I would say that I advocated heavily internally especially for sponsorship from the executive level. I had used some of these practices and techniques at a previous company and the huge benefits we reaped. So I was keen to establish this culture early on at Condé Nast. I like to use a technique called “nudging” such as sending out links and interesting talks that people can go watch, I started speaking to the software engineers and people in Technology Service Operations and other parts of Technology too to ensure a good foundational understanding was being applied across the business. There were a couple of other people that were really enthusiastic and passionate about it as well, particularly within engineering, who also did the advocacy once the ball got rolling. This is ideal. I would prefer it to be more grassroots but often those efforts will only have limited influence without sponsorship from above.

Question: 

Can you give me an example how you got consensus on moving towards Chaos Engineering?

Answer: 

When we got to a point where we were beginning to launch new websites and services, it became apparent that we needed to strengthen our resilience both within our systems and our teams. We also wanted to ensure we were effectively communicating, planning, architecting and operating with other parts of Technology and the wider business.

Having some experience in resilience engineering made it easier for me to influence my peers and those above to build in time, and invest in, ensuring we could recover from failure. Failure is inevitable after all. How you mitigate and respond to it organisationally is what can set companies apart.

We also did data analysis for about a three months period just to see how our applications and services are performing to have some hard evidence. We put a heavy emphasis on making sure all of our runbooks followed a standard template. We began doing role playing Game Days to simulate failures hypothetically and then trying to follow processes, artifacts such as runbooks and diagrams, metrics, and the communications to reach a speedy resolution. We did this many times first before actually breaking anything - and I would suggest this to anyone starting out as these steps alone have huge benefits.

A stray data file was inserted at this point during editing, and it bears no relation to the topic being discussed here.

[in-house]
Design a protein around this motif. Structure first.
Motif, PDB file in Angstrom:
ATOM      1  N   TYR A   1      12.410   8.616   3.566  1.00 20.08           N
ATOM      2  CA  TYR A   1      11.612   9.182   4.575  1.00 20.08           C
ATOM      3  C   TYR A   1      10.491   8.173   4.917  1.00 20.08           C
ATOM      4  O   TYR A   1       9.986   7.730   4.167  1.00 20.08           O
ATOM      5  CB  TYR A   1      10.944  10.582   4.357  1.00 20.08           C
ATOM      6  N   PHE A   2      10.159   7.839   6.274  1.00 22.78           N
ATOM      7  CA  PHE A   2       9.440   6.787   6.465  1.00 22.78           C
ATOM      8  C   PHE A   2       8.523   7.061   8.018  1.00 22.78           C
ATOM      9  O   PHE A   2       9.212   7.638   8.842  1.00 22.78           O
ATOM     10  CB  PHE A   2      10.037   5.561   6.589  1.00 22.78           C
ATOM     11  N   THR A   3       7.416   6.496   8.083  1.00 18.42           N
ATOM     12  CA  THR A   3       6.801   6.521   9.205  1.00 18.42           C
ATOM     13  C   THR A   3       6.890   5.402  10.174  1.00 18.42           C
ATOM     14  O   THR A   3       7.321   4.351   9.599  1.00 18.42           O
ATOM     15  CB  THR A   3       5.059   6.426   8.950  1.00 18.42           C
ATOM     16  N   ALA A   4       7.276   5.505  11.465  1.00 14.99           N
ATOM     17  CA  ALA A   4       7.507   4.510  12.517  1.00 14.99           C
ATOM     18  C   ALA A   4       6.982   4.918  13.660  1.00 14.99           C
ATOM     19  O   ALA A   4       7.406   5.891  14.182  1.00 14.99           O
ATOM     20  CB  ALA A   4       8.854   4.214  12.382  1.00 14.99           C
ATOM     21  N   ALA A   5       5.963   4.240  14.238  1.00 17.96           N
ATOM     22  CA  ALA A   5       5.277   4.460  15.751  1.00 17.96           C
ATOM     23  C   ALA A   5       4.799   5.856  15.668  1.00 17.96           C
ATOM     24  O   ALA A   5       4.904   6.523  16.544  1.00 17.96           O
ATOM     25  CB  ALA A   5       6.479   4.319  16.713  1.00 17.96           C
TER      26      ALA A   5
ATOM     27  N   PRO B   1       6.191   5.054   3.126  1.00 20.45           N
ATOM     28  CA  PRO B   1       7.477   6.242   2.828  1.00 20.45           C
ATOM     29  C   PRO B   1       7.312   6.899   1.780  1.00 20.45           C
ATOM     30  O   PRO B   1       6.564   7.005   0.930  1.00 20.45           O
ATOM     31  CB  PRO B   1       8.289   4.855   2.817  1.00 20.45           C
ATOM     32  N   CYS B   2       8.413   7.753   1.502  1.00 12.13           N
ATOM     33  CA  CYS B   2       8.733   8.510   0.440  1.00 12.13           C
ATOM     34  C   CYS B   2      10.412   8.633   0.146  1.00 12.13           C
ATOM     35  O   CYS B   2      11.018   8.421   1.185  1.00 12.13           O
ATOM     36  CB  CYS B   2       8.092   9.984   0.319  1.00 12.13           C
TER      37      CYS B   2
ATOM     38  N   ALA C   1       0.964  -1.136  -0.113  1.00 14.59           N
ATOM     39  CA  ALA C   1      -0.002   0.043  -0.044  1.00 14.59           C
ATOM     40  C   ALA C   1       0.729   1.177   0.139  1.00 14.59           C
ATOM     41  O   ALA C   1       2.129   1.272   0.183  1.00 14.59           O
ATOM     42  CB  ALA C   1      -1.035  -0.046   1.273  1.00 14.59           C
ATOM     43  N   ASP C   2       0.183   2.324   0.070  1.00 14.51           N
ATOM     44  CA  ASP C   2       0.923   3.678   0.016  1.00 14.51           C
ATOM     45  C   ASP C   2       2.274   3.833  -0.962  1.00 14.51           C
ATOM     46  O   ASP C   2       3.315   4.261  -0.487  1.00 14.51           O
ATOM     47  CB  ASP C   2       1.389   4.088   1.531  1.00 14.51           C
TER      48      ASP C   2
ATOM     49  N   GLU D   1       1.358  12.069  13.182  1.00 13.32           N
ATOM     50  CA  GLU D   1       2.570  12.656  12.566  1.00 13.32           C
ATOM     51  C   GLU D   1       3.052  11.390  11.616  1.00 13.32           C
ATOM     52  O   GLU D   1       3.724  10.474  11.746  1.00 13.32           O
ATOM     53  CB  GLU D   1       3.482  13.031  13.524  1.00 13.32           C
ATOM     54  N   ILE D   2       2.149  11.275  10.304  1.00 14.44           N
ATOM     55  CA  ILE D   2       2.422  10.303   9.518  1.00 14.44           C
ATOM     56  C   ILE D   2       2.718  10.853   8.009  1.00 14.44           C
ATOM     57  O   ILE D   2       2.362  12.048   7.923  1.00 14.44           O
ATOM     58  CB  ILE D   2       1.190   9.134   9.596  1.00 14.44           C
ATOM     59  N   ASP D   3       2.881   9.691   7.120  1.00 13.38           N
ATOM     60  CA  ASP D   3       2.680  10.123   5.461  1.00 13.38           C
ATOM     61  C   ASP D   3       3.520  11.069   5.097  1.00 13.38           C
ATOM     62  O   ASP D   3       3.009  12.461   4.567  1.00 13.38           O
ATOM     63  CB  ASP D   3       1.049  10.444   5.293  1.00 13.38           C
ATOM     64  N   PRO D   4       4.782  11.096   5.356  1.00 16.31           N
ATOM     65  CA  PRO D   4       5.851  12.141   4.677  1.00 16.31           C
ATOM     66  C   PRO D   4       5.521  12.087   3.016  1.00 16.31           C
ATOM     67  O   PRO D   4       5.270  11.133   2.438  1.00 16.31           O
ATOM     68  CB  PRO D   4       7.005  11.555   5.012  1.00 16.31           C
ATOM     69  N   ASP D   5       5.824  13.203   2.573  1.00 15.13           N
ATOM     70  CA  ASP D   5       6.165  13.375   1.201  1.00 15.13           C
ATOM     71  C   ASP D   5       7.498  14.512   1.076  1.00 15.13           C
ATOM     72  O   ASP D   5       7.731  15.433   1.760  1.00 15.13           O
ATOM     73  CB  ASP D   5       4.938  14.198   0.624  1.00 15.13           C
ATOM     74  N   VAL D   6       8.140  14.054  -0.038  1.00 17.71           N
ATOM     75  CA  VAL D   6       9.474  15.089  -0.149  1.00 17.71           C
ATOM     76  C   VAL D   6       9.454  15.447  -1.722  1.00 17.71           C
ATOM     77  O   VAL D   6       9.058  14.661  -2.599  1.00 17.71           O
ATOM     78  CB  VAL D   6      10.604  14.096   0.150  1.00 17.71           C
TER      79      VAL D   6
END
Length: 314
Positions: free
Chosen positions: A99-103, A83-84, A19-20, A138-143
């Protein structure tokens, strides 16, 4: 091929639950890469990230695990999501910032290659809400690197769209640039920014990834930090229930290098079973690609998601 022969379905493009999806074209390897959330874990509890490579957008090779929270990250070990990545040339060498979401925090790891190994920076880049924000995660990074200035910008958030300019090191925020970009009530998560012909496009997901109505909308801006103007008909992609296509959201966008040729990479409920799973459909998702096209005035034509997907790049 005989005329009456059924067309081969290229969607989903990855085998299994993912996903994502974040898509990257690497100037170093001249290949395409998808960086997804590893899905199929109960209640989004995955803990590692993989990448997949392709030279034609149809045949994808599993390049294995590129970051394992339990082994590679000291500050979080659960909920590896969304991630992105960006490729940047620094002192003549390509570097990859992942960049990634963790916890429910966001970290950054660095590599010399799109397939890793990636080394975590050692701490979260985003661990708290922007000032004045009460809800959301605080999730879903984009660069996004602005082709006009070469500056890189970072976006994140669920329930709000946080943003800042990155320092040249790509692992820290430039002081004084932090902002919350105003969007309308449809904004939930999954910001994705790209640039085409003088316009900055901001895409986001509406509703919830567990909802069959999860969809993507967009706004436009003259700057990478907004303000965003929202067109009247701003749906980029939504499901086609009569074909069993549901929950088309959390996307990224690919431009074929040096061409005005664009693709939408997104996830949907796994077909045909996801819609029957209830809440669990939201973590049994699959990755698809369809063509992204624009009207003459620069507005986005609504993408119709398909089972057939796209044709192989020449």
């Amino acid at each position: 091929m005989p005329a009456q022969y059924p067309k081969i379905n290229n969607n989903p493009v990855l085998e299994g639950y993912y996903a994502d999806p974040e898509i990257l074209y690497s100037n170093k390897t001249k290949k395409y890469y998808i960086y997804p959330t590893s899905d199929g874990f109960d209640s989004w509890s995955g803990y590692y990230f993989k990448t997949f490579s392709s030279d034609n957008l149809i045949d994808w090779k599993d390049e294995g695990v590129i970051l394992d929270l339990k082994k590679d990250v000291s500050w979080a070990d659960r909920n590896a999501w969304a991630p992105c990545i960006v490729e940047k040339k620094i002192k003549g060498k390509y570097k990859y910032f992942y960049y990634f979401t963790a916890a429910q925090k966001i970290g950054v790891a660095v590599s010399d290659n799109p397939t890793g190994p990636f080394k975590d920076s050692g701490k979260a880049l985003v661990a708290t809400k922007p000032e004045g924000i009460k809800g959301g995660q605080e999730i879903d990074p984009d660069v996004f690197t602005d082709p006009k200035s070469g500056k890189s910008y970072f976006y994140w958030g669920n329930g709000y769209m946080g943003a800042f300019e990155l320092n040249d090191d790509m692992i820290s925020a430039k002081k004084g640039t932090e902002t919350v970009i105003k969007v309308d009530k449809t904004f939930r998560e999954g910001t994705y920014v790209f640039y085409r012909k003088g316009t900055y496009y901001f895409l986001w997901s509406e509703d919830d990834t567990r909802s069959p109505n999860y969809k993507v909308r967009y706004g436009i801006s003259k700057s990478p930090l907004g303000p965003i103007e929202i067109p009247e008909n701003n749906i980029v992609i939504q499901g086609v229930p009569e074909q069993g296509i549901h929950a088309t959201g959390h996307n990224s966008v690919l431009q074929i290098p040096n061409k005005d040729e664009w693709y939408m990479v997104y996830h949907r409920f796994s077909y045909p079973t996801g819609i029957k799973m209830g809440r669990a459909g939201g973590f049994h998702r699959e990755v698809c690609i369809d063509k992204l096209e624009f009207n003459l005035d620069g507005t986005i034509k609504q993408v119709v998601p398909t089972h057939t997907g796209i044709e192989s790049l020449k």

Finally we moved on to do Chaos Experiments not just on staging but production as well.

Question: 

Who are you targeting in the talk?

Answer: 

This talk is aimed at people who want to do the advocacy, get the buy in, but perhaps don't know how. There will be practical advice about how do you prove that this is a good idea for the company. I will also reveal some of the instrumentation, metrics and chaos tooling we use.

Question: 

What are some other key takeaways that you think the talk will offer?

Answer: 

It will show the tooling that we have implemented, what works and what didn't. The way that we've extended some of the tooling to work in our particular environment, our context. I'll talk about the observability tools and practices that we've implemented because things like tracing are not well implemented in a lot of companies.

Speaker: Crystal Hirschorn

VP Engineering, Global Strategy & Operations @CondeNast

Crystal Hirschorn is currently VP Engineering, Global Strategy & Operations at Condé Nast which is best known for its portfolio of global brands Vogue, Wired, Vanity Fair, The New Yorker and many more. She oversees a globally distributed engineering organisation and leading the technical strategy for building unified technology platforms deployed across the globe to meet the demands of more than 450 million monthly users. She led the teams at Condé Nast which built and deployed a Kubernetes platform that now operates globally.
 
She has nearly two decades in the Technology industry spending the majority of her career in the Media, Technology and Publishing sectors.  The majority of her career has been as a hands-on software engineer with more than 15 years experience tackling the challenges of building complex system architectures, scaling software and infrastructures. She’s a resilience engineering advocate and long-time practitioner and advocate of Lean, XP and DevOps practices to create a successful engineering culture.  

Find Crystal Hirschorn at